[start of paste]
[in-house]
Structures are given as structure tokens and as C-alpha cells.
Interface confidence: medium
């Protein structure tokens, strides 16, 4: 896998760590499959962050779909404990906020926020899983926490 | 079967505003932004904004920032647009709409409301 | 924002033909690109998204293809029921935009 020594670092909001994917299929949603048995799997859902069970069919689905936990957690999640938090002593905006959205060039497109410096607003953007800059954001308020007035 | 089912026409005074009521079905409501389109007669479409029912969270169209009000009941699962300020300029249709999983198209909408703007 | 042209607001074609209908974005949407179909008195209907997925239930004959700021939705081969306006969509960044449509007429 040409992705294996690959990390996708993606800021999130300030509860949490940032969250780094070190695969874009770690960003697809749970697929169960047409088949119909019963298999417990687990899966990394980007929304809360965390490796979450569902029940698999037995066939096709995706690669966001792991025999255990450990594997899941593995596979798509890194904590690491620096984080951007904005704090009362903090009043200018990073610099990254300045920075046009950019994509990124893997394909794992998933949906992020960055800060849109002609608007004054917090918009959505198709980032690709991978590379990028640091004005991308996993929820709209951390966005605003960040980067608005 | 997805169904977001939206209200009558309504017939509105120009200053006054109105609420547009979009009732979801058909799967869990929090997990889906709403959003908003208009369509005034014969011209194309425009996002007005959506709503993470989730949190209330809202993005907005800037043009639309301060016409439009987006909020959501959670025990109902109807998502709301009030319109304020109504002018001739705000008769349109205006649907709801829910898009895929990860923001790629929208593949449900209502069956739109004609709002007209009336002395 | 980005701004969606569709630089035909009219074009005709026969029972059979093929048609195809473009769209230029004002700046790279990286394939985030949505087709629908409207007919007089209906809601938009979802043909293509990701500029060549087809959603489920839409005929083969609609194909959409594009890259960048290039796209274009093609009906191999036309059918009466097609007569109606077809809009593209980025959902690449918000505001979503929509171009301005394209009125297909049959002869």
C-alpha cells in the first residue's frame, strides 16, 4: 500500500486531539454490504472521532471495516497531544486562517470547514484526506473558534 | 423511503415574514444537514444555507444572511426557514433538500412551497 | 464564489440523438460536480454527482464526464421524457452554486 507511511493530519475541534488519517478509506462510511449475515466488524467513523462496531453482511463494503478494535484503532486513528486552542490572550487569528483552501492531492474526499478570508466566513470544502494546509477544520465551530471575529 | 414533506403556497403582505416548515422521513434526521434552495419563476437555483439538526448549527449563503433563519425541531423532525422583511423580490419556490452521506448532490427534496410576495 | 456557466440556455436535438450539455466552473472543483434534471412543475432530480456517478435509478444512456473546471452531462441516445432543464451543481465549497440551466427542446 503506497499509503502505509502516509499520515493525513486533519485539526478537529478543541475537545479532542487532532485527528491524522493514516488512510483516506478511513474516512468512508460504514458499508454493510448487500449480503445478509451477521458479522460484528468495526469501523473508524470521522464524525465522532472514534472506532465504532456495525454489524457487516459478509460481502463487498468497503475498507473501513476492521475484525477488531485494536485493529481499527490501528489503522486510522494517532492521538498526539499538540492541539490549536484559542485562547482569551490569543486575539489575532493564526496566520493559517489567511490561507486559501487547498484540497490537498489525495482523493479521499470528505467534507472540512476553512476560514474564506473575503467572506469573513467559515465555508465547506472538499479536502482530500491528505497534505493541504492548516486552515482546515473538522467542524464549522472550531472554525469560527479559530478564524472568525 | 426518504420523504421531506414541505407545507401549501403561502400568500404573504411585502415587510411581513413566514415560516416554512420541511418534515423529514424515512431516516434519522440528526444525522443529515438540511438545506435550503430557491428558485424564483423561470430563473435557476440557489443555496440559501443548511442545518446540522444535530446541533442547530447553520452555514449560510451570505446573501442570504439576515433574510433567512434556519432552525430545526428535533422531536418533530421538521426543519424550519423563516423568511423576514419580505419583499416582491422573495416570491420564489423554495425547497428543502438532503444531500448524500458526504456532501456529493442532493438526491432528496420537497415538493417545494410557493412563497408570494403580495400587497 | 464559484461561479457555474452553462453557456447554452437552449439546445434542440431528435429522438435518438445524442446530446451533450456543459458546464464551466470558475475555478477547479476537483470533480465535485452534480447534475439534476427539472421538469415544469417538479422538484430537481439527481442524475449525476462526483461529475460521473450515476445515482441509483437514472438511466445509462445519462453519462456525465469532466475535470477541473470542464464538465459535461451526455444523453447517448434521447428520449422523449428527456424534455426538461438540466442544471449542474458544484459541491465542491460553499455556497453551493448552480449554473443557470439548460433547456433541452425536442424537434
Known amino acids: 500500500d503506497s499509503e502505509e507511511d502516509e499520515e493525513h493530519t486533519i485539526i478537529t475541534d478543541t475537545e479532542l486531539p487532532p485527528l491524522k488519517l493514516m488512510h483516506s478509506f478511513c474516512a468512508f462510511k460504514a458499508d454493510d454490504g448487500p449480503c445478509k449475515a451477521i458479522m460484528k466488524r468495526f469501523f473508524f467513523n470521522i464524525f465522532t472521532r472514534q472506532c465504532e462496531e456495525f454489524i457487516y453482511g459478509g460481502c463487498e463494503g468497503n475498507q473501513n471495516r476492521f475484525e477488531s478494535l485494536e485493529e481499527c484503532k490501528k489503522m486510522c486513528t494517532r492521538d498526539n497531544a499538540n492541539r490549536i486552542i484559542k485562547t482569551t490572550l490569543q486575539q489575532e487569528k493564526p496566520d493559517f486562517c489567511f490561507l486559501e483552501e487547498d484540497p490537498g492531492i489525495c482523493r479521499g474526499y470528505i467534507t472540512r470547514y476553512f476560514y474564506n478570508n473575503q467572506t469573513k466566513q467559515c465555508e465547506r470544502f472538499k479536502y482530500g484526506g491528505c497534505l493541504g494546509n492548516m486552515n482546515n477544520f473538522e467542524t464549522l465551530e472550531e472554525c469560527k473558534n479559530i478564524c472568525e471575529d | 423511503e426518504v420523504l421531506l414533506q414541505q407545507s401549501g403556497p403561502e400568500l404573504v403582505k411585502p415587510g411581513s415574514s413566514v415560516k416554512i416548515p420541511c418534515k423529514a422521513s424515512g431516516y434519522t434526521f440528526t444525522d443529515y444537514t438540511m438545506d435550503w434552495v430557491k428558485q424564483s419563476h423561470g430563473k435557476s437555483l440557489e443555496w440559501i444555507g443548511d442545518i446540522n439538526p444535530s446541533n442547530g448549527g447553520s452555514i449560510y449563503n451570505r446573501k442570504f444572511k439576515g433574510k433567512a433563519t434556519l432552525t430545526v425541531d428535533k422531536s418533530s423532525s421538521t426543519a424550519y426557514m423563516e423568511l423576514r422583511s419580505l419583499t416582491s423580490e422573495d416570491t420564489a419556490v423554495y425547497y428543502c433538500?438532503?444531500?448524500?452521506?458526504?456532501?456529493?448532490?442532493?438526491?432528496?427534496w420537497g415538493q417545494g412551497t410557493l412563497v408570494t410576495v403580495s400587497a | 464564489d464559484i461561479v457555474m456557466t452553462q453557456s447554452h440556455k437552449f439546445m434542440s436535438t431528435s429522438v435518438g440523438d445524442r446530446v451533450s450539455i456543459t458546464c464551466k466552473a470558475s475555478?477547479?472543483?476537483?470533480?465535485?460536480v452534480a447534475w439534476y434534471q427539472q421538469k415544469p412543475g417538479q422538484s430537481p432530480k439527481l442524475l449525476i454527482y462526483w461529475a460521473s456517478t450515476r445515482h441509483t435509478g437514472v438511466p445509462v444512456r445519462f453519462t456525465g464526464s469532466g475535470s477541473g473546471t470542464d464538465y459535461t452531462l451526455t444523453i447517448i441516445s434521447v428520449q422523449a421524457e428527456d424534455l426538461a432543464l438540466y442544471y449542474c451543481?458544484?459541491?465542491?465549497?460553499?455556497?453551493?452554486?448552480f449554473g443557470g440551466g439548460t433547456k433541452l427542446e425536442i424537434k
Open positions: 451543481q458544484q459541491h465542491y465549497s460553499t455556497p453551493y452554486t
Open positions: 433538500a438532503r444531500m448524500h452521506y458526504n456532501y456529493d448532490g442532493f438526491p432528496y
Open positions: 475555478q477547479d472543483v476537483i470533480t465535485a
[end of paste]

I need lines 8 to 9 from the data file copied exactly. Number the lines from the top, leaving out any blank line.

Open positions: 433538500a438532503r444531500m448524500h452521506y458526504n456532501y456529493d448532490g442532493f438526491p432528496y
Open positions: 475555478q477547479d472543483v476537483i470533480t465535485a